Morality and mortality: why the Church of England would have rejected Walzer's supreme emergency argument

Walzer insists that his supreme emergency argument morally legitimises Churchill's 1940 decision to bomb German civilians. We contend, however, that it is morally deficient. We contend, further, that if Walzer's argument had been presented to the leaders of the Church of England in 1940 as...

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Bibliographic Details
Published in:Journal of beliefs and values
Authors: Schawarz, Michael ; Comer, Debra R. 1960-
Format: Electronic Article
Language:English
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Published: Routledge [2018]
In: Journal of beliefs and values
Year: 2018, Volume: 39, Issue: 4, Pages: 490-501
Standardized Subjects / Keyword chains:B Walzer, Michael 1935- / Church of England / Christian ethics / Ethics / Secularism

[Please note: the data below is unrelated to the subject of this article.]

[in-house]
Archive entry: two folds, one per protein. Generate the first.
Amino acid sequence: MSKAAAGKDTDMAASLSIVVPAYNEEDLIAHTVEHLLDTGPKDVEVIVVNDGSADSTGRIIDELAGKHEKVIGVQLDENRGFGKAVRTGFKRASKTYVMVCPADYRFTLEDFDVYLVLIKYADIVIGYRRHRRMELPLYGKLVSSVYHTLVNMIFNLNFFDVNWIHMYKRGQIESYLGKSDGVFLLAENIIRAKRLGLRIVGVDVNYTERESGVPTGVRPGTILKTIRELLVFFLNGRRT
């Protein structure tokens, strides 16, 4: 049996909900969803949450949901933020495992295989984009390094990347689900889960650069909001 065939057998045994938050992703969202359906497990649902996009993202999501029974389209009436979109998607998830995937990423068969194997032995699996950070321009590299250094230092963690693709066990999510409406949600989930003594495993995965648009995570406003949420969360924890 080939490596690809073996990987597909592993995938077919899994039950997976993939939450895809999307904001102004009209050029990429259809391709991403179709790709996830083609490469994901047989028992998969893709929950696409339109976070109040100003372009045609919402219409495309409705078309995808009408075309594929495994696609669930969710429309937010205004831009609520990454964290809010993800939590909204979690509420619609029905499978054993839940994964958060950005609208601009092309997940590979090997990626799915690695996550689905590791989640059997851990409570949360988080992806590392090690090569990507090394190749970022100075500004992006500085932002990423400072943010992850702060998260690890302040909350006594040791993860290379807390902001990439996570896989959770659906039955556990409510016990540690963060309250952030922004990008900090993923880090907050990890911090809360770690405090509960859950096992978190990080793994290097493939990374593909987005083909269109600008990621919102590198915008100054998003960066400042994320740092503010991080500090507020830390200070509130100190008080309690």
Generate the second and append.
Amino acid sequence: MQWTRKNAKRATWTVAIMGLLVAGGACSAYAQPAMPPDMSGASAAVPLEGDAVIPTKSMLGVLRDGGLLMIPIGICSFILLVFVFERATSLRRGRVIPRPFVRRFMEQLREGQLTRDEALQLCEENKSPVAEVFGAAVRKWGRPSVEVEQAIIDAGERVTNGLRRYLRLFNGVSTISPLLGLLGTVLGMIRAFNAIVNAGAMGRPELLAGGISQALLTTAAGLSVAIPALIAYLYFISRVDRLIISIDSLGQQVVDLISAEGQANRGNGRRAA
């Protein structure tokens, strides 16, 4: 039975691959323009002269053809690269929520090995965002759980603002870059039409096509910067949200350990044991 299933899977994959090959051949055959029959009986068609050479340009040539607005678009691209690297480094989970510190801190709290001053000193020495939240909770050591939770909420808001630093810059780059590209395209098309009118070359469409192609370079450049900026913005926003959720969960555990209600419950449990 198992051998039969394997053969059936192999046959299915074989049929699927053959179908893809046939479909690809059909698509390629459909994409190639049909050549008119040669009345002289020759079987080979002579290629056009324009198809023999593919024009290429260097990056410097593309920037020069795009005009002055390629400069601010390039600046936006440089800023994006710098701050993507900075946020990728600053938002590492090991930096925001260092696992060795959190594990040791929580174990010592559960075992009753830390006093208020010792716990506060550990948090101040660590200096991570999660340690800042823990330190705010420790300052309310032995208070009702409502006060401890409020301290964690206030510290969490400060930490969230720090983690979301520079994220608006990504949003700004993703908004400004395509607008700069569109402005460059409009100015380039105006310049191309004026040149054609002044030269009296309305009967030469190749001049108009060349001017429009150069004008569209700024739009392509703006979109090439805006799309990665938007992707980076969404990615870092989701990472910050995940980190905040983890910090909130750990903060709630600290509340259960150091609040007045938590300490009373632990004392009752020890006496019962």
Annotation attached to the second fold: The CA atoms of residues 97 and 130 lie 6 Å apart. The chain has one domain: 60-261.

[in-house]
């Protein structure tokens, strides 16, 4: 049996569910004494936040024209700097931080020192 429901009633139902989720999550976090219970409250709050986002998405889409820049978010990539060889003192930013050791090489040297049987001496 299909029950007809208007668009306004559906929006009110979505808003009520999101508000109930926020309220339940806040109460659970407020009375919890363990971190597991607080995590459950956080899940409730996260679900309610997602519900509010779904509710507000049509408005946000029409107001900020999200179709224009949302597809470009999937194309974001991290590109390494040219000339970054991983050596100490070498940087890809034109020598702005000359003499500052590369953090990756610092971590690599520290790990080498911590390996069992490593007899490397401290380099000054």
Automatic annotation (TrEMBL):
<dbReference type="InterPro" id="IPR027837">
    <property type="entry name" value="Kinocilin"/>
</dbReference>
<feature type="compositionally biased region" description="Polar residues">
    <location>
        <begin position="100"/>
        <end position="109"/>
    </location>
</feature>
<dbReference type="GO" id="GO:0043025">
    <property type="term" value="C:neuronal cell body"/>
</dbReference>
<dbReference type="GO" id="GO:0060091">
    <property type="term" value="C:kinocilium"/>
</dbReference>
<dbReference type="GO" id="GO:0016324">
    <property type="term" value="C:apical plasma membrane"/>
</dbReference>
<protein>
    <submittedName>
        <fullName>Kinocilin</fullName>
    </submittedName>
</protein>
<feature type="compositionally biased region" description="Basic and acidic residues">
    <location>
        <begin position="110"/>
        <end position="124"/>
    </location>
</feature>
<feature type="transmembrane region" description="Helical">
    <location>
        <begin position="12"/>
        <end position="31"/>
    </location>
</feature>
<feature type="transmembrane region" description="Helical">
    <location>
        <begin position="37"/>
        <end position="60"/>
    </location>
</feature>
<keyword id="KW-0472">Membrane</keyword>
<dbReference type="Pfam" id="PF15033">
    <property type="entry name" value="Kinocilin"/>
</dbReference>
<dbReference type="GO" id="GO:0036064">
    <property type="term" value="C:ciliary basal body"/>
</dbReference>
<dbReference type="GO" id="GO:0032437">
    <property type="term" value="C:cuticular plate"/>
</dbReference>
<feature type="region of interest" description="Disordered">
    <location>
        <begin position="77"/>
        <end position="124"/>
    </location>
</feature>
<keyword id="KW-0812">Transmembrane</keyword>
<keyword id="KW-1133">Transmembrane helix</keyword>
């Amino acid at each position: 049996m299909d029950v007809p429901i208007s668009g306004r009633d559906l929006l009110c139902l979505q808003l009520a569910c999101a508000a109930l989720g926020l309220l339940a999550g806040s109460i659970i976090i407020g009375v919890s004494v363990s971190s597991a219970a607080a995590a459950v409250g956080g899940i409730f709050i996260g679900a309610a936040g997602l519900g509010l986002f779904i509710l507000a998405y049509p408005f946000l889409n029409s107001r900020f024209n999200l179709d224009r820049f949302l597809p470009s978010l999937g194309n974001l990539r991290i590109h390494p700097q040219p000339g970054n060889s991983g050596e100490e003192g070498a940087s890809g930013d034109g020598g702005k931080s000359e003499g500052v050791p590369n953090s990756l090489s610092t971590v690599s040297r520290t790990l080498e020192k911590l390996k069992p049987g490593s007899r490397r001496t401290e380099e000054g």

RelBib Classification:KDE Anglican Church
NCC Social ethics
Further subjects:B Ethics
B Rights
B Walzer
B Church of England
B supreme emergency
Online Access: Volltext (Resolving-System)
Description
Summary:Walzer insists that his supreme emergency argument morally legitimises Churchill's 1940 decision to bomb German civilians. We contend, however, that it is morally deficient. We contend, further, that if Walzer's argument had been presented to the leaders of the Church of England in 1940 as justification for the bombing of German civilians, the Church leadership would have rejected it. According to Walzer, a supreme emergency forces us to waive rights we would honour under ordinary circumstances. But the Church has a different conception of rights. Because the Church is committed to universal rights - which are inviolable and cannot be overridden - it would never have agreed with Walzer. Our discussion as to those conflicting conceptions of rights illustrates what differentiates biblical ethics from secular ethics.
ISSN:1469-9362
Contains:Enthalten in: Journal of beliefs and values
Persistent identifiers:DOI: 10.1080/13617672.2018.1441350